US Machine Tool Orders Down 25% for April

June 13, 2016
AMT sees sluggish economy dragging manufacturing technology orders Total orders $284.10 million Reflecting “larger stagnation” Areas of growth are less influential
USMTO data is a leading economic indicator as manufacturing companies make capital investments in new metalworking equipment, to increase capacity and to improve their current performance.

U.S. machine shops’ and other manufacturers’ new orders of metal cutting and similar manufacturing technology totaled $284.10 million during April, declining 25.5% from March, and falling 27.5% from the April 2015 result. The latest monthly total brings the year-to-date value of new machine tool orders to $1.23 billion, which is down 16.6% compared to the January-April 2015 report.

“The current conditions for manufacturing technology providers are a reflection of larger stagnation in manufacturing and the overall economy – some industries are performing well, and others
are struggling,” stated president of AMT – the Association for Manufacturing Technology.

AMT’s monthly U.S. Manufacturing Technology Orders report summarizes actual totals for machine tool orders reported by participating companies that produce and distribute metal-cutting and metal-forming and –fabricating equipment, including domestically manufactured and imported machinery and equipment.

The USMTO is used as a forward-looking indicator of manufacturing capital investment, as companies place orders for new equipment to increase capacity and to improve current capabilities.

As such, the “slow growth” pattern in most major U.S. industries has impacted the manufacturing technology sector in a sustained way.

“Automotive and aerospace, which mitigated the market decline for the last 15 months of the current downturn, continue to hold their own but they aren’t growing,” according to AMT’s Woods. “Some industries are growing, such as consumer electronics, firearms, and medical, but those represent only 12 percent of our overall market. Weakness continues in the oil and gas and construction/off-road industries.”

In its announcement, AMT noted that industrial-market forecasters still predict an increase in activity later this year, but it added that the current market downturn is more severe than most had forecast. “AMT member companies report strong levels of quotation activity, but longer conversion rates for order placement,” it added. “Manufacturing companies are resistant to make investments in capital equipment out of a sense of caution.”

The USMTO program also reports monthly new-order activity for metal-cutting and metal-forming and fabricating equipment, in six regions of the U.S., which provides some insight to the manufacturing sectors in those areas of the country. In the Northeast, for example, April new orders for metal cutting equipment fell to $58.18 million, down 31.1% from March and down 5.3% from April 2015. For the January-April period in the Northeast, total new orders stand at $243.07 million, which is 16.8% less than last year’s four-month total.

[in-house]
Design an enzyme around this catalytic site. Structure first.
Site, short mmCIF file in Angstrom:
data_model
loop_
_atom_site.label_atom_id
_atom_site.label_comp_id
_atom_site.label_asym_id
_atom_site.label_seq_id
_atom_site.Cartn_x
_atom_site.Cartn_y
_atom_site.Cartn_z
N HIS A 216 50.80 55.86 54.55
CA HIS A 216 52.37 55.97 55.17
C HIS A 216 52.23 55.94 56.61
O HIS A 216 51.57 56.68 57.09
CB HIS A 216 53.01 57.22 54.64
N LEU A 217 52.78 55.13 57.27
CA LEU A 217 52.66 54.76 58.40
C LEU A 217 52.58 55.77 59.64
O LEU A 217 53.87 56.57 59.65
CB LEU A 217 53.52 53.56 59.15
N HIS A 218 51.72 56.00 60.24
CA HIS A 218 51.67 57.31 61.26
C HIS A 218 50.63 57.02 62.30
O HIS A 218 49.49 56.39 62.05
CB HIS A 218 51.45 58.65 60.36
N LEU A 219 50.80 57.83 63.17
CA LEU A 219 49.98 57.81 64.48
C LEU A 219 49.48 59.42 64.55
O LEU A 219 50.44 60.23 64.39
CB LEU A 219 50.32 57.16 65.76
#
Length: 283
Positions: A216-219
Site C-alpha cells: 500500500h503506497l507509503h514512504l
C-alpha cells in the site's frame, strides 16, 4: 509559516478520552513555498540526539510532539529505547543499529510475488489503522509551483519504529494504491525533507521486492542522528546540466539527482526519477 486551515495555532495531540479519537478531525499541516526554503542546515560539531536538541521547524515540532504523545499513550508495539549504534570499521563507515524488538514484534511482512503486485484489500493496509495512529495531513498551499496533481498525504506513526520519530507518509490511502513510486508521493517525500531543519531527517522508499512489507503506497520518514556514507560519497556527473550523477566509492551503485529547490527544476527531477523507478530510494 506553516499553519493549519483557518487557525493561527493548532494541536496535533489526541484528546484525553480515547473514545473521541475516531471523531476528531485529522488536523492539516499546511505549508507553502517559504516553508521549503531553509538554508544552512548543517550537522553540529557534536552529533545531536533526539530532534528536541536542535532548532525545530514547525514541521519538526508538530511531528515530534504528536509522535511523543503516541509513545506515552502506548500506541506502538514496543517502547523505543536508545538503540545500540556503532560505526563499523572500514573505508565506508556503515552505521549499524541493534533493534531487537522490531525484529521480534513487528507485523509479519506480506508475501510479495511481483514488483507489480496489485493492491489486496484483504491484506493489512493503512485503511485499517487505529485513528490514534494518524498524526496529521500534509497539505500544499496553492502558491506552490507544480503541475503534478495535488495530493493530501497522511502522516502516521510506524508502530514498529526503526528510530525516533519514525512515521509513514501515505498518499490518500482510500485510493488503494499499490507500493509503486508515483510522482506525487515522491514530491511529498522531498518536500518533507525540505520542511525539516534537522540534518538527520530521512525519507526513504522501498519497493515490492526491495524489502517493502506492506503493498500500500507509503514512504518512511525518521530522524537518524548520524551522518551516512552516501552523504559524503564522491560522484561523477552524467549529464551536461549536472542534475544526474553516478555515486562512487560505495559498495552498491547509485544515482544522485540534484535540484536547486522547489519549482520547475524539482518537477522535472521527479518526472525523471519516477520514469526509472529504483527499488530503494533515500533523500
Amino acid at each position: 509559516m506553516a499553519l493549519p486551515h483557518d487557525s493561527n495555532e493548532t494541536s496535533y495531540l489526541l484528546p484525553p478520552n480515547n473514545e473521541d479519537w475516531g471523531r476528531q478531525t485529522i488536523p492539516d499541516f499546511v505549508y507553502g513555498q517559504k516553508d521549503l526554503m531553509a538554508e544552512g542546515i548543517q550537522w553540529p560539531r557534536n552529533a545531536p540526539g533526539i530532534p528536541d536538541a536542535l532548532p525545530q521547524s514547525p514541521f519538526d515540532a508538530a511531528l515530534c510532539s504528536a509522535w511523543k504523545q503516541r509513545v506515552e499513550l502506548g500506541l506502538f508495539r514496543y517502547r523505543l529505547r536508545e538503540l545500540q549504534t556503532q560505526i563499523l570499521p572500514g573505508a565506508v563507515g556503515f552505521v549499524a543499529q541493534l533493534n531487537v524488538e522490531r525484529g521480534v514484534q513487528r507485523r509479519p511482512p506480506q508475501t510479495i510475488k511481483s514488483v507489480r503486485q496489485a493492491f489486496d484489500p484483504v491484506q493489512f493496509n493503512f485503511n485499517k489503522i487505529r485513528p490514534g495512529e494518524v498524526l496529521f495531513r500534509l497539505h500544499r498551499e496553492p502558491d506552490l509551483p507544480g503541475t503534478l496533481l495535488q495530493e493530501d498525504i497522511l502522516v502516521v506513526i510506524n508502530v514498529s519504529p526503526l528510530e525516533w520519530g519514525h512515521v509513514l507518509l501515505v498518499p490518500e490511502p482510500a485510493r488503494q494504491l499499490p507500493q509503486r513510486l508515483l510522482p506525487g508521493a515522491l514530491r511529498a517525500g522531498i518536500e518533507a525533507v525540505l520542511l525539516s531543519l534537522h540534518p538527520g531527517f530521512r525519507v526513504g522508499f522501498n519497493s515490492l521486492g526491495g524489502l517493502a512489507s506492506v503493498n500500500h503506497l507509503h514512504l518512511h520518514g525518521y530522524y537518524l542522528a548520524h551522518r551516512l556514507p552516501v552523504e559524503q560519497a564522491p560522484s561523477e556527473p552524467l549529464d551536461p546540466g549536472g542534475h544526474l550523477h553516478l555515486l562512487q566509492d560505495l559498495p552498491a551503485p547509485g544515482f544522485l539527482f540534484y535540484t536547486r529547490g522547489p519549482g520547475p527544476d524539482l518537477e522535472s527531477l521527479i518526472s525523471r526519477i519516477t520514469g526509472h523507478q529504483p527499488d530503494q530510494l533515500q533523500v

In the Southeast, new orders for metal cutting technology during April were worth $28.86 million, 17.2% less than during March and 14.8% less than during April 2015. For the year-to-date, the region’s total new orders are $154.68 million, up 19.8% compared to the comparable period of 2015.

In the North Central-East region, manufacturing technology orders totaled $66.24 million during April, which is 35.1% less than the March result and 50.3% less than the April 2015 result. The four-month total for 2016 is $317.84 million, or 24.8% less than last year’s January-April total.

The North Central-West region reported total manufacturing technology orders of $49.51 million, 34.0% less than during March and 30.2% less than during April 2015. The year-to-date total is $223.4 million, or 23.6% less than the result for January-April 2015.

Metal-cutting equipment orders in the South Central region during April fell 16.6% from March, to $20.72 million. That result is 46.0% less than the April 2015 total. For the first four months of this year, South Central regional metal-cutting new orders are valued at $77.93 million, which is down 37.1% versus last year’s comparable figure.

Finally, in the West region, April new orders for metal-cutting equipment fell 9.2% from March to $52.51. That figure signifies an 8.2% improvement over the total for last April. For the year-to-date, the region has posted new orders for metal-cutting equipment worth $207.73 million, nearly even (+0.3%) with the four-month total for 2015.

About the Author

Robert Brooks | Content Director

Robert Brooks has been a business-to-business reporter, writer, editor, and columnist for more than 20 years, specializing in the primary metal and basic manufacturing industries. His work has covered a wide range of topics, including process technology, resource development, material selection, product design, workforce development, and industrial market strategies, among others. Currently, he specializes in subjects related to metal component and product design, development, and manufacturing — including castings, forgings, machined parts, and fabrications.

Brooks is a graduate of Kenyon College (B.A. English, Political Science) and Emory University (M.A. English.)

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